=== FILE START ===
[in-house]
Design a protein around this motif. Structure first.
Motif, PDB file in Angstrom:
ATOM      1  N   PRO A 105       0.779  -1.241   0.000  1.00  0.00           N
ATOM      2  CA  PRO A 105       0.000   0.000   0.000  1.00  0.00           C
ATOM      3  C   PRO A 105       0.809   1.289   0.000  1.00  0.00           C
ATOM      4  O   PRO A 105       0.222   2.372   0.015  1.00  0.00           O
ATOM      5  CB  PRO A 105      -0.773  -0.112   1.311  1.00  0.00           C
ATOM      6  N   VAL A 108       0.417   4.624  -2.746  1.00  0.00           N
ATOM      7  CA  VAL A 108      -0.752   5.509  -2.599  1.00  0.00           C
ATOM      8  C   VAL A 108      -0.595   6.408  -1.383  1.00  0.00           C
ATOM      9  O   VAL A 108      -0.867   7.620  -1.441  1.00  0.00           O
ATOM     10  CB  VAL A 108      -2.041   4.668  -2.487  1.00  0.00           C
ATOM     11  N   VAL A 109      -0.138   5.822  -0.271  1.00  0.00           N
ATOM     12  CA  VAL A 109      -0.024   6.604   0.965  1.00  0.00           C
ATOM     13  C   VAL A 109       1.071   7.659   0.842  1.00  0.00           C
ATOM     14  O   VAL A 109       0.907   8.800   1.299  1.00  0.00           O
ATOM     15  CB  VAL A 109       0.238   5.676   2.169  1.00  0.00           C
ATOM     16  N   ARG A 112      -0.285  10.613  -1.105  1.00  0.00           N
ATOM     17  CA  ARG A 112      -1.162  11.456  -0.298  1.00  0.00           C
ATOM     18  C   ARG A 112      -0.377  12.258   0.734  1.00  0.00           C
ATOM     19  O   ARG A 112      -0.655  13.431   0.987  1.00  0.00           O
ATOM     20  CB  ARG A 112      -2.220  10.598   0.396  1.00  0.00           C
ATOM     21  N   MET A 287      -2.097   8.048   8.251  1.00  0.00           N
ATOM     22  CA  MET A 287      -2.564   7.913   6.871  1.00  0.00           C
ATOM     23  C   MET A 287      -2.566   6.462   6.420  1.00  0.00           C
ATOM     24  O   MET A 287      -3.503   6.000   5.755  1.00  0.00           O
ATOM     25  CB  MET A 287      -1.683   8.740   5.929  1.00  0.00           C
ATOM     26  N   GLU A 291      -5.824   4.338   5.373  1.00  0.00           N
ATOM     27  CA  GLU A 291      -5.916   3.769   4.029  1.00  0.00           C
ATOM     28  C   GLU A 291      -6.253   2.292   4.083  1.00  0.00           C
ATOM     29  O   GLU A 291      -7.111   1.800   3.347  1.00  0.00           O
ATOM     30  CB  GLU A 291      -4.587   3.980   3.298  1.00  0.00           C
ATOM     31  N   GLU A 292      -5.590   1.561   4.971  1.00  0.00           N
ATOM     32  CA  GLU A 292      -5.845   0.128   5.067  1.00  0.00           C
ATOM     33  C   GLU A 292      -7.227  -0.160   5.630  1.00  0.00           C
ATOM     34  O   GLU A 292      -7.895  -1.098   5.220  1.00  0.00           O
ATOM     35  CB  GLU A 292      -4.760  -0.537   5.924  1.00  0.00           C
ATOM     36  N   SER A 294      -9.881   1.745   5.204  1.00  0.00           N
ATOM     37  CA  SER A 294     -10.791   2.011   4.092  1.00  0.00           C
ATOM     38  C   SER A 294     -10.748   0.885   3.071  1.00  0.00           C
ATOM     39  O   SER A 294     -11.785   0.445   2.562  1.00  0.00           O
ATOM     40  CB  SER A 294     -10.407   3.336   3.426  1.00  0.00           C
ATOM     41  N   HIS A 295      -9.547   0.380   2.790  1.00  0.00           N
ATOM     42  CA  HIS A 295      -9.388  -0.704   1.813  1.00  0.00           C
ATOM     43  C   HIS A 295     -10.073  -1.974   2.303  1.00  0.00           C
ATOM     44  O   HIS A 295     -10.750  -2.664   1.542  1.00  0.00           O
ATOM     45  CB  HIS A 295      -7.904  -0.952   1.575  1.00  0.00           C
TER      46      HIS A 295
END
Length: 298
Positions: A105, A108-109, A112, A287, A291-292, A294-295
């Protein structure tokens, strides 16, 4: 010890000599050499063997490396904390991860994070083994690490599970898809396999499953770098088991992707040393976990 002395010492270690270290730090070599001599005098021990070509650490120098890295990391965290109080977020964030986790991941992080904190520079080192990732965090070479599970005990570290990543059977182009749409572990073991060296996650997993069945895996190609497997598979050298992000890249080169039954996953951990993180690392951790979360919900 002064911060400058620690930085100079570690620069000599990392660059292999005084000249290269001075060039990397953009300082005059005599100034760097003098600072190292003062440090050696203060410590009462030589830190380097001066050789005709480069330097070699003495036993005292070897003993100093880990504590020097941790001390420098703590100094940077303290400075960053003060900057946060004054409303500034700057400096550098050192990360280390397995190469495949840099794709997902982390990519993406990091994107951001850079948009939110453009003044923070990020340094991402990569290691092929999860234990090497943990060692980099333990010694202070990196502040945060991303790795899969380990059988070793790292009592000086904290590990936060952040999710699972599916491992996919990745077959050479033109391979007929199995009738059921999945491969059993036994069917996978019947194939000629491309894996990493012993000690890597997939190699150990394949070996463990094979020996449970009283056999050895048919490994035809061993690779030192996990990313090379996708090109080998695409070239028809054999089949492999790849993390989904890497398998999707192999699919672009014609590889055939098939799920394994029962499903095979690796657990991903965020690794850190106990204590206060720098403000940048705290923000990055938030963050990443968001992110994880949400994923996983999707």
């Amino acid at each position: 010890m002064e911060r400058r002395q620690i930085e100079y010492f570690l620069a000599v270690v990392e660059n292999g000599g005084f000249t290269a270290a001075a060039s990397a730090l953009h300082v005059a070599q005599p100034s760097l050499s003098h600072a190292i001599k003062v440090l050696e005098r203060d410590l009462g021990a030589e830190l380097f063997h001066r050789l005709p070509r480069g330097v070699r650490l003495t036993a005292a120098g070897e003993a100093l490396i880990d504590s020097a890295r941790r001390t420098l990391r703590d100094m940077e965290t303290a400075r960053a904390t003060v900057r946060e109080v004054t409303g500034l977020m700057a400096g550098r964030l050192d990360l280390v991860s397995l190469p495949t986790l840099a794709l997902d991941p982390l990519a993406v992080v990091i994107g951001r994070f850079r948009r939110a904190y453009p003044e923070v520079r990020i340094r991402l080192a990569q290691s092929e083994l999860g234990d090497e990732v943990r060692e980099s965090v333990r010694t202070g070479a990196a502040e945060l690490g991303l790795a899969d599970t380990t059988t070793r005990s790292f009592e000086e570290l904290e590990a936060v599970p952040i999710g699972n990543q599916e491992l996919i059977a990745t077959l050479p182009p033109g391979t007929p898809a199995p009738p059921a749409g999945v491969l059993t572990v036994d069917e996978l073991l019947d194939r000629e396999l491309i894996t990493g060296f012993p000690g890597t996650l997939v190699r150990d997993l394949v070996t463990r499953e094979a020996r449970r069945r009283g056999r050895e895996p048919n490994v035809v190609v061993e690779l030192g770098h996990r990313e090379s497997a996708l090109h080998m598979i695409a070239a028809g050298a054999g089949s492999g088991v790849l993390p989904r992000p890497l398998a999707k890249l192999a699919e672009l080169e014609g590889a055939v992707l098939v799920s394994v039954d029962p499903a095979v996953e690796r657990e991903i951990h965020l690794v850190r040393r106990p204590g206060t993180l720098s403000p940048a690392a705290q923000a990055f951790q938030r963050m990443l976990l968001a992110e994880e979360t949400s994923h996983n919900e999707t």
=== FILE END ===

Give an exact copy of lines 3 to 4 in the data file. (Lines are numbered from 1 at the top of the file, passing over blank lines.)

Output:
Motif, PDB file in Angstrom:
ATOM      1  N   PRO A 105       0.779  -1.241   0.000  1.00  0.00           N